Ripples of Grace

The phone rings. The name on the screen is only familiar because she has tried before to reach me. I’ve never met her, but from the one message on my machine, I assume life is hard. I answer.

“Hi, this is Trudy.”

“Are you Trudy Metzger?”


She begins. “I need to talk to you. I’m having a hard time right now, you know…” Bit by bit the random pieces of her story tumble out, in no particular order. How she tells it is as broken as the story itself. Her children are the result of teen rape. They don’t know it. They only know that she was ‘young and foolish’. Her grandchildren know her, but they have no idea that she is related to them—they think she’s Mommy’s friend.

She tries to hide the pain, but her lost identity is killing her. She admits that she uses alcohol daily, to numb the pain. When the pain starts, she reaches for another bottle.

She laughs, an empty, broken, lonely laugh and then pauses before she asks, “Why am I telling you this? I don’t even want to think about it. I just want to forget everything. I really don’t care anymore. Don’t care if I don’t wake up tomorrow morning. You know…”

“Yes, I know.”

“No you don’t!”

“Yes, I know. I’ve been there. I’ve lost hope before. I know what it’s like.”

“You do? You have? You know?” She pauses again. “Is this really Trudy?”

“Yes. It is Trudy.”

“Why am I talking to you? Why would you care? I’m going to have another beer.”

“Have you been drinking tonight?” I don’t really need to ask.

“Yes, I’ve had a few.”

She isn’t plastered….yet. She’s at that interesting place between sober and drunk, where you blurt out anything, admit to anything and vacillate between emotions. I’m guessing that’s why she’s telling me her story—a story she says she’s only shared in part with a counsellor before.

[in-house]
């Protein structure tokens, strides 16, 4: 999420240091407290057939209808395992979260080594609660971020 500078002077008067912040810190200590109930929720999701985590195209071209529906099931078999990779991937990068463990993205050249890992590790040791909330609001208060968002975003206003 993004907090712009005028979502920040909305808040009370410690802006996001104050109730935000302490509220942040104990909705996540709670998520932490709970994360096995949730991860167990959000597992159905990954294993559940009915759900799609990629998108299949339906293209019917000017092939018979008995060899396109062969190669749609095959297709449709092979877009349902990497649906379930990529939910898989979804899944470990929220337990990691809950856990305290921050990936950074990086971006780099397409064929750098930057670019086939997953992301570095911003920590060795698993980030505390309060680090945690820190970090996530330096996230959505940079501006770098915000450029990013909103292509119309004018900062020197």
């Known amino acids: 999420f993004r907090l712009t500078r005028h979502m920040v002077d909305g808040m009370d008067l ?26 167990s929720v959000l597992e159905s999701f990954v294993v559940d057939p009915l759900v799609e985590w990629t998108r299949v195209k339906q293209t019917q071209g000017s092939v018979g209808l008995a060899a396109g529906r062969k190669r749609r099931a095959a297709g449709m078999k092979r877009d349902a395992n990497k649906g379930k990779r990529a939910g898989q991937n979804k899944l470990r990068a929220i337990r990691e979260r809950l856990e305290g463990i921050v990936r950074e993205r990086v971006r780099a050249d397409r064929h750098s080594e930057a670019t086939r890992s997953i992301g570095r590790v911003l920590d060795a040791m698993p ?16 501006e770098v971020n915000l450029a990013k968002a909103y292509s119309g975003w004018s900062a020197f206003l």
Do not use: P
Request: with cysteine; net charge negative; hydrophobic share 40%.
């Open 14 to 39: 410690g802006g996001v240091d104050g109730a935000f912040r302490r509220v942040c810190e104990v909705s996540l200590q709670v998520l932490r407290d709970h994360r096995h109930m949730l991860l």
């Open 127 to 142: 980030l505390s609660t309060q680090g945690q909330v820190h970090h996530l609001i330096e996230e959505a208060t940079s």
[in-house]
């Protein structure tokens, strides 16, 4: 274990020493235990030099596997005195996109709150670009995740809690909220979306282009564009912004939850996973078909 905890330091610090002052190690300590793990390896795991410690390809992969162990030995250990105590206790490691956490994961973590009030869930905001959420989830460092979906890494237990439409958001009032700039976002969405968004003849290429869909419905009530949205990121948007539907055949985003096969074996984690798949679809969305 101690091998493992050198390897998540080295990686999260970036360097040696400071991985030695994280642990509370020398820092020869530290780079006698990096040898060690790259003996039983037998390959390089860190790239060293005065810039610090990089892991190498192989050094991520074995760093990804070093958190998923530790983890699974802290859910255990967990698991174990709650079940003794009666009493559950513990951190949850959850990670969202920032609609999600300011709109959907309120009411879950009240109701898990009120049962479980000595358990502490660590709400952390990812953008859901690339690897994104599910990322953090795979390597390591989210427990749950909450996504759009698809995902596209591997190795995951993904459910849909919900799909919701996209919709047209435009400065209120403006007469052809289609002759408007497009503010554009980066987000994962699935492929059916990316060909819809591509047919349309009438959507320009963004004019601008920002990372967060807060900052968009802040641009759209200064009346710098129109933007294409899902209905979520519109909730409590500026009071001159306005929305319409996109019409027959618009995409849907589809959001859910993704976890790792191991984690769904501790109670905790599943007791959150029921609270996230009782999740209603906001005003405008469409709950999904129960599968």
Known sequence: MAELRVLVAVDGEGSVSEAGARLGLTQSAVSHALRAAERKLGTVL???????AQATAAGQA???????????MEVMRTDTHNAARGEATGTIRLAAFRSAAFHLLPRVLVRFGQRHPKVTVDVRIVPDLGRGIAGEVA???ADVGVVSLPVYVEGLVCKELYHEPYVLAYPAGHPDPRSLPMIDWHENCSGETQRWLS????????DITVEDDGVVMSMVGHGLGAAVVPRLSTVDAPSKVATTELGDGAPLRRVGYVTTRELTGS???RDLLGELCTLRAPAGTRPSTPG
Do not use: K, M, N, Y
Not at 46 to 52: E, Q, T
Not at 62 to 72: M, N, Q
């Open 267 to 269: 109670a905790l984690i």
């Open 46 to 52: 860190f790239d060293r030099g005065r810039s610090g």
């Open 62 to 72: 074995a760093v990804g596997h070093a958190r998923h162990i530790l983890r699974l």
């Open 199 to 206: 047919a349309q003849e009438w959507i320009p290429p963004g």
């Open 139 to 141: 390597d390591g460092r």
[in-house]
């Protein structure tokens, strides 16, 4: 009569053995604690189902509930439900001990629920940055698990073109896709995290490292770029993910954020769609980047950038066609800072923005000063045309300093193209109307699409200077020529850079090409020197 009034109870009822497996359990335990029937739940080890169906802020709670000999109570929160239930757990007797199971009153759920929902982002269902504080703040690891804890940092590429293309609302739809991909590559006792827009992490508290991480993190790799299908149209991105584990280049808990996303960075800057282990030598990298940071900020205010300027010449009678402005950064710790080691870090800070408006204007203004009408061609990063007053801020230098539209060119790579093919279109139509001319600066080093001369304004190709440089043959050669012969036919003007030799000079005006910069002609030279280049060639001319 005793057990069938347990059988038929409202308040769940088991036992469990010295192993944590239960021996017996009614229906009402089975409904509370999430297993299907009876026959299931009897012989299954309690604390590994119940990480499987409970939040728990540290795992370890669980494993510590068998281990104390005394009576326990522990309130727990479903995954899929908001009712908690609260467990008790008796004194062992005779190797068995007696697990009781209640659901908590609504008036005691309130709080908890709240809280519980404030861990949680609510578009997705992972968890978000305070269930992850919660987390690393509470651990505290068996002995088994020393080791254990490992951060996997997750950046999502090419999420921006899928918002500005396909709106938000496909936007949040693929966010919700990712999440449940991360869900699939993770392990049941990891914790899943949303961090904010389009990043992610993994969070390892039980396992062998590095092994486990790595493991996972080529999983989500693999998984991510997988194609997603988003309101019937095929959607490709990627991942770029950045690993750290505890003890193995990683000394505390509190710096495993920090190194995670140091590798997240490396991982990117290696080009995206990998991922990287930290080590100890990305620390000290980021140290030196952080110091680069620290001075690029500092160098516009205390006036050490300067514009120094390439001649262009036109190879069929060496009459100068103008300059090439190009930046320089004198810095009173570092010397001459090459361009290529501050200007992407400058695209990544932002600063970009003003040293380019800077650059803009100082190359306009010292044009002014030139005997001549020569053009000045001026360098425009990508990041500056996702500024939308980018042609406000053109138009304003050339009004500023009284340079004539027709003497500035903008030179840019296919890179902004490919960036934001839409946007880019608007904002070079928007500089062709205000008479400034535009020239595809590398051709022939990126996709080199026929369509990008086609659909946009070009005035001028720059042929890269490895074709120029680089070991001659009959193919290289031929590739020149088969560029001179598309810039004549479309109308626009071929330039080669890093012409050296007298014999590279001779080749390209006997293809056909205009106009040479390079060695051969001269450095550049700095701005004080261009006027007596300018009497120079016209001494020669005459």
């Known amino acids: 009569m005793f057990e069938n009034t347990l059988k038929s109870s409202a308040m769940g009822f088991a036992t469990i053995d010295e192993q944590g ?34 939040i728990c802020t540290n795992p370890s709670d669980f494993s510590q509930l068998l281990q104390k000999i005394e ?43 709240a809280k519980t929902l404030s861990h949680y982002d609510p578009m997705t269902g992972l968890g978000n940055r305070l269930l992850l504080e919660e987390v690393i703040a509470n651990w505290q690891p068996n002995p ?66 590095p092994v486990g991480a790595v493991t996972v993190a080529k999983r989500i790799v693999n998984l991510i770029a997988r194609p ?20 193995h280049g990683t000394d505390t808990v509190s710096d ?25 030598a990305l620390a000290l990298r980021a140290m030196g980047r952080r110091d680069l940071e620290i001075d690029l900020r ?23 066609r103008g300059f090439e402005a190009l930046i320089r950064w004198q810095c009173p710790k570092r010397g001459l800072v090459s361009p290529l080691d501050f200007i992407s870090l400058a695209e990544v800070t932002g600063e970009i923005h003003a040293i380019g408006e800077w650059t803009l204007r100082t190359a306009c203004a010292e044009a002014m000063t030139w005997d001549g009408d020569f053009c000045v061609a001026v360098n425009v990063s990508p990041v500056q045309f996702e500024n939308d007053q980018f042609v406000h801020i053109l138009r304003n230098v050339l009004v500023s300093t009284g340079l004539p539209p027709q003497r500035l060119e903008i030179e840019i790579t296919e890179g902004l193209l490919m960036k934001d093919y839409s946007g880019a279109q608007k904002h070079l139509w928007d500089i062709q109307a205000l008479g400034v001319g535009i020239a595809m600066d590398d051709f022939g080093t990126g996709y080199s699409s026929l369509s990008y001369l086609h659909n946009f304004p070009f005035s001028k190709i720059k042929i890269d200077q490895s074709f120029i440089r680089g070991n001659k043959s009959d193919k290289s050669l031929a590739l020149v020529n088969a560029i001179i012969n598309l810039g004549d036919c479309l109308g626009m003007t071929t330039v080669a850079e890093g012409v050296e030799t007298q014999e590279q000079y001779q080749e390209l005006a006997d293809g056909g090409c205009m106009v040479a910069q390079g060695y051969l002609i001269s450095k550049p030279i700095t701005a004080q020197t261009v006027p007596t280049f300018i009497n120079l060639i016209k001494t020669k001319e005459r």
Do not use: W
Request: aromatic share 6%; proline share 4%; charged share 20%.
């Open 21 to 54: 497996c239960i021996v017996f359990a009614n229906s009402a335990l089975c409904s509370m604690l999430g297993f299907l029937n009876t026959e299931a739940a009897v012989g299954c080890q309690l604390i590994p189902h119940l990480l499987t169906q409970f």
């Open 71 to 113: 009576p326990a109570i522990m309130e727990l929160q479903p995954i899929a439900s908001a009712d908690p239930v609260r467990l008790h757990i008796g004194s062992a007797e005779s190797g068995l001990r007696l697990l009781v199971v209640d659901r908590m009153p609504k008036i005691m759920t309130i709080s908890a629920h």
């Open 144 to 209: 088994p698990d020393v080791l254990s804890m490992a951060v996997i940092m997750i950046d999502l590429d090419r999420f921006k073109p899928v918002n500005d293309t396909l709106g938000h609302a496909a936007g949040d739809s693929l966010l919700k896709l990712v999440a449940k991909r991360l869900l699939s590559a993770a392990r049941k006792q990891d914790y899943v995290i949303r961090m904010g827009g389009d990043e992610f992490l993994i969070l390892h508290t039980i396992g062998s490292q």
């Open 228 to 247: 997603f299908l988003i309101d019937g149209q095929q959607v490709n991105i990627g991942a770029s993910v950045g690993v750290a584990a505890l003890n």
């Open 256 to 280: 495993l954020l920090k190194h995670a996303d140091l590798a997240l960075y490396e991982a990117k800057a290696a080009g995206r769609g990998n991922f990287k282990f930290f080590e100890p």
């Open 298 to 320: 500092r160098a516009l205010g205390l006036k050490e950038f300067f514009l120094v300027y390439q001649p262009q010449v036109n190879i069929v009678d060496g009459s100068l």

She starts the conversation over, insisting we must have coffee—she wants to meet me. I agree that, if she is sober on a specific day, I will meet her and give her some resources to connect her to professionals who can help, if she’s willing.

She asks a few more questions and one of them brings up the topic of my faith. I explain to her that I am a Christian and I love Jesus more than anything in the world. She asks more questions and admits she longs for relationship with God but has no idea how to connect with Him or even how to pray.

“You can just talk to Him, just like you’re talking to me. Ask Him to be with you, to help you, to let you know He is there.”

“Bah!” she pauses again. “I can’t do that! I don’t know how!”

“But you called me and you don’t know me, but you’re talking to me. Do the same thing. Tell Him you don’t know who He is, you don’t understand how to connect with Him and ask Him to connect with you.”

“Bah!” She exclaims again, skeptically, “I can’t do that!”

Again she admits that she wants to but there’s a barrier. She just doesn’t know how. “I’ll just have another beer.” She begins to cry. “What am I going to do, Trudy? I don’t want this!”

“What do you want?” I ask.

“I don’t know. I don’t know what I want. I just don’t care anymore. I don’t care if I don’t wake up tomorrow morning.”

The demons in her mind torment her. Hopelessness—fear that nothing will ever change. Meaningless existence. An identity that is lost in the pain of the past.